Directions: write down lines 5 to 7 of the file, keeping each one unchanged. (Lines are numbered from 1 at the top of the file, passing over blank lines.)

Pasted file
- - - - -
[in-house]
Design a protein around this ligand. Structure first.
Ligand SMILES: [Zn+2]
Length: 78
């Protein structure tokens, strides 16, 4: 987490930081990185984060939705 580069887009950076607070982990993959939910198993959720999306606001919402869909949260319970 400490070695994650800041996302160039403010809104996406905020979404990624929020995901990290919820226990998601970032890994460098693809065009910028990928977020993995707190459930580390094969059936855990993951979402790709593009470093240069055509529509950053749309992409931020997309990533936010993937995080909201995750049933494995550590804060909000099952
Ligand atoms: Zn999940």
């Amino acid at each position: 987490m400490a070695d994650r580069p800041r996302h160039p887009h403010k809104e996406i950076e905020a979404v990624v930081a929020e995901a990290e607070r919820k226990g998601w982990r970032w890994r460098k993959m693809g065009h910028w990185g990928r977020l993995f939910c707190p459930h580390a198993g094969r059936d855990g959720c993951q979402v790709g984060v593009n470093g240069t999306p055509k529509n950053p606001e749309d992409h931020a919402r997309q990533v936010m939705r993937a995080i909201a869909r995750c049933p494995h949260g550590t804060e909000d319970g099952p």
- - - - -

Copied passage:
């Protein structure tokens, strides 16, 4: 987490930081990185984060939705 580069887009950076607070982990993959939910198993959720999306606001919402869909949260319970 400490070695994650800041996302160039403010809104996406905020979404990624929020995901990290919820226990998601970032890994460098693809065009910028990928977020993995707190459930580390094969059936855990993951979402790709593009470093240069055509529509950053749309992409931020997309990533936010993937995080909201995750049933494995550590804060909000099952
Ligand atoms: Zn999940």
């Amino acid at each position: 987490m400490a070695d994650r580069p800041r996302h160039p887009h403010k809104e996406i950076e905020a979404v990624v930081a929020e995901a990290e607070r919820k226990g998601w982990r970032w890994r460098k993959m693809g065009h910028w990185g990928r977020l993995f939910c707190p459930h580390a198993g094969r059936d855990g959720c993951q979402v790709g984060v593009n470093g240069t999306p055509k529509n950053p606001e749309d992409h931020a919402r997309q990533v936010m939705r993937a995080i909201a869909r995750c049933p494995h949260g550590t804060e909000d319970g099952p």